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Blood. 2007 Mar 1;109(5):2256-62. Epub 2006 Oct 12.

Unrelated donor bone marrow transplantation for the treatment of Fanconi anemia.

Author information

  • 1Division of Pediatric Hematology, Oncology, and Blood and Marrow Transplantation, University of Minnesota Blood and Marrow Transplant Program, Minneapolis, MN 55455, USA. wagne002@umn.edu

Abstract

Bone marrow transplantation (BMT) is the only known cure for the hematologic manifestations of Fanconi anemia (FA). Potential benefits of unrelated donor BMT for FA, however, have been severely limited by graft rejection and treatment-related mortality with resultant poor survival. Therefore, we evaluated the impact of potential prognostic factors on hematopoietic recovery, graft-versus-host disease (GVHD), and mortality in 98 recipients of unrelated donor BMT who received transplants between 1990 and 2003. Probabilities of neutrophil (89% vs 69%; P = .02) and platelet (74% vs 23%; P < .001) recovery were higher after fludarabine-containing regimens than nonfludarabine-containing regimens. Risks of acute GVHD (relative risk [RR], 4.29; P < .001) were higher with non-T-cell-depleted grafts. The day-100 mortality rate was significantly higher after nonfludarabine-containing regimens than fludarabine-containing regimens (65% vs 24%, respectively; P < .001). Corresponding 3-year adjusted overall survival rates were 13% versus 52% (P < .001). In addition, mortality was higher in recipients who were older (> 10 years), who were cytomegalovirus (CMV) seropositive, and who received more than 20 blood product transfusions before BMT. Based on these results, significant practice changes are suggested: use of a fludarabine-containing conditioning regimen in the context of T-cell-depleted marrow allografts, and earlier referral for transplantation prior to excessive transfusions in patients with marrow failure.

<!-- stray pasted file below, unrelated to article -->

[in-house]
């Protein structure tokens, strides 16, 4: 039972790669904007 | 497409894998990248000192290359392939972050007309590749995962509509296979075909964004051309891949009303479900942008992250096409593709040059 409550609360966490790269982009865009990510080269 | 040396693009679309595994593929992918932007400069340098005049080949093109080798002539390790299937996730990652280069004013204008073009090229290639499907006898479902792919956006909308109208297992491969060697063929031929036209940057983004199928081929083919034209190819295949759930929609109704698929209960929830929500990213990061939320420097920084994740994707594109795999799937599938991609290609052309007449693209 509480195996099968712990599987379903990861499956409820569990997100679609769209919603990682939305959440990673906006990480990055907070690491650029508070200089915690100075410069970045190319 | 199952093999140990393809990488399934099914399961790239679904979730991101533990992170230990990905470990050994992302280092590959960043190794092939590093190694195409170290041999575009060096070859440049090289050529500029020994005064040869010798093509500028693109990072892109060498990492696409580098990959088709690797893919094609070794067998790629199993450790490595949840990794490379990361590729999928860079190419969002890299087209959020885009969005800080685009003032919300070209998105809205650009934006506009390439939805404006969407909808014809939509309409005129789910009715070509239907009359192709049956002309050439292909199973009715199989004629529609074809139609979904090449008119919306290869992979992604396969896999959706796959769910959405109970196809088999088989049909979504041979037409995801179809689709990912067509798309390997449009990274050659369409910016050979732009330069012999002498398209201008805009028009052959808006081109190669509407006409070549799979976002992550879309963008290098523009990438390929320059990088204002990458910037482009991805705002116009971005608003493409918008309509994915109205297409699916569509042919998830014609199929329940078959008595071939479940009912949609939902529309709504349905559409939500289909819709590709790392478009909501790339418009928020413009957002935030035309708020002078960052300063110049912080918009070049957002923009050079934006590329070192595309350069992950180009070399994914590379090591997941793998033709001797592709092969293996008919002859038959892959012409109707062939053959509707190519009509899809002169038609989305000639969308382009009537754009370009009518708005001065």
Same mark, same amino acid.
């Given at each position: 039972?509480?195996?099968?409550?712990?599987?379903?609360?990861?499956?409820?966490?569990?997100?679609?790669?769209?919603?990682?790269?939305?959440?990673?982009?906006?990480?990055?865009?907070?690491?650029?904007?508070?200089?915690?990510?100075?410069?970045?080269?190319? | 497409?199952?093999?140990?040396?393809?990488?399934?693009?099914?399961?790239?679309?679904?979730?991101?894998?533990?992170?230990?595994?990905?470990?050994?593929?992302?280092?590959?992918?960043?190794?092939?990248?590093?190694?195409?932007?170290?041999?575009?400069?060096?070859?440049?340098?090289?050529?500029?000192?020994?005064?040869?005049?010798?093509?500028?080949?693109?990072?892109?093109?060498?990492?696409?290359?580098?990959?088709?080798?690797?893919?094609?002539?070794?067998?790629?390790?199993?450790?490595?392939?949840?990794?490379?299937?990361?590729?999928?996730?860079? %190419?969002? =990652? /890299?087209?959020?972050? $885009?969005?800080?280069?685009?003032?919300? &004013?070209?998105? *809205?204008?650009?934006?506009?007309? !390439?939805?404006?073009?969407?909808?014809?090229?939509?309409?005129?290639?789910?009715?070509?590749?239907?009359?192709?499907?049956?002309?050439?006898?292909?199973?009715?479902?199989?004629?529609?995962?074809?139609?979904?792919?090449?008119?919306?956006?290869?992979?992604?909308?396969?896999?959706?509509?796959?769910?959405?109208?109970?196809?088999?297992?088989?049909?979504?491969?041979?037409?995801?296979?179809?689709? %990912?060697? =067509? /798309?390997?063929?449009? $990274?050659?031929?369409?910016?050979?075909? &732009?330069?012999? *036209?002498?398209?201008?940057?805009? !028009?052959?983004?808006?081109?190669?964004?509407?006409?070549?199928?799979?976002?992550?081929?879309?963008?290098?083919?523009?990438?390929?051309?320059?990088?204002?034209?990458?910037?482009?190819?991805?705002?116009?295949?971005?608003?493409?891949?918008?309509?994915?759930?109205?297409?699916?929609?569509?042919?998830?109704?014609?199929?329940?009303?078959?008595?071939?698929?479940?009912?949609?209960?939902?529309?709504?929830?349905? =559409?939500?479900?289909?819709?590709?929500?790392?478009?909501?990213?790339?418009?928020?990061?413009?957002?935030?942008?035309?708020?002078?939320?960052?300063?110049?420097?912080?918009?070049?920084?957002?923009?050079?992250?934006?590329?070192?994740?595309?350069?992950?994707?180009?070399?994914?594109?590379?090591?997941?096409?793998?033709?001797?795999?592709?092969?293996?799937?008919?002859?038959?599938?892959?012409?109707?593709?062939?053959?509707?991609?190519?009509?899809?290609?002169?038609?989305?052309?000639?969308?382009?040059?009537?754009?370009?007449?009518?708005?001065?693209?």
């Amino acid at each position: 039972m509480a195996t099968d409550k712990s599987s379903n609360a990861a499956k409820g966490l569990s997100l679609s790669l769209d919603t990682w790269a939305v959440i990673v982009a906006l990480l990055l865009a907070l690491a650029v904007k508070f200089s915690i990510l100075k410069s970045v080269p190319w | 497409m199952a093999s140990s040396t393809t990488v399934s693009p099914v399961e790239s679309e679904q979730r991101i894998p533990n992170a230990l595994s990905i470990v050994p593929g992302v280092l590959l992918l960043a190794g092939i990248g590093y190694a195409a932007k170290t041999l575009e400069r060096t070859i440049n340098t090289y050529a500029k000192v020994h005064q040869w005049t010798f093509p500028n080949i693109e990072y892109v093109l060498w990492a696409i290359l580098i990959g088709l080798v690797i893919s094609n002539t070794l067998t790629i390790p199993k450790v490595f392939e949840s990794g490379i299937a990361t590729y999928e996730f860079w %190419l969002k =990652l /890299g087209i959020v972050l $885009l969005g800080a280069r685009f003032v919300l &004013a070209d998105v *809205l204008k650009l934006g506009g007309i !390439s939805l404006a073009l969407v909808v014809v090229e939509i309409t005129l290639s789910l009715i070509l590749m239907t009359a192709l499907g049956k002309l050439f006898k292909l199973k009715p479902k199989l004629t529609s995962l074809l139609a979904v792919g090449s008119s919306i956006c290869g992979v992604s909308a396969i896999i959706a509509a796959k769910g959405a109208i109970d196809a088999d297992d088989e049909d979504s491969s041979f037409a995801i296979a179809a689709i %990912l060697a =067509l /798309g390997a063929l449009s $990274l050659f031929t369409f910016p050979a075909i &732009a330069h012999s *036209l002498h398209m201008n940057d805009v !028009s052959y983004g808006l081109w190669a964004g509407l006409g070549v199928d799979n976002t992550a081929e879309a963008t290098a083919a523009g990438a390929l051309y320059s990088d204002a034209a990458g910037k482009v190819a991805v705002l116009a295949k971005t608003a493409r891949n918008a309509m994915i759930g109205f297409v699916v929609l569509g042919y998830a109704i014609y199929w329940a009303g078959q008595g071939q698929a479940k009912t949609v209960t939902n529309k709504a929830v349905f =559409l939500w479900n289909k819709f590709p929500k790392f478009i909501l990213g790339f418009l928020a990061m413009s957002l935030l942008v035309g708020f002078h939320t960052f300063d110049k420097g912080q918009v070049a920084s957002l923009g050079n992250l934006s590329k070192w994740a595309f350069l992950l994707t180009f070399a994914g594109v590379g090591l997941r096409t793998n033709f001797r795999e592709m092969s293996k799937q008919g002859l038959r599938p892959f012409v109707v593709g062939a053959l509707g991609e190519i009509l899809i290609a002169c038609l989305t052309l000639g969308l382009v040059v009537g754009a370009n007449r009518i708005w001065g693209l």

PMID:
17038525
[PubMed - indexed for MEDLINE]
PMCID:
PMC1801062
Free PMC Article

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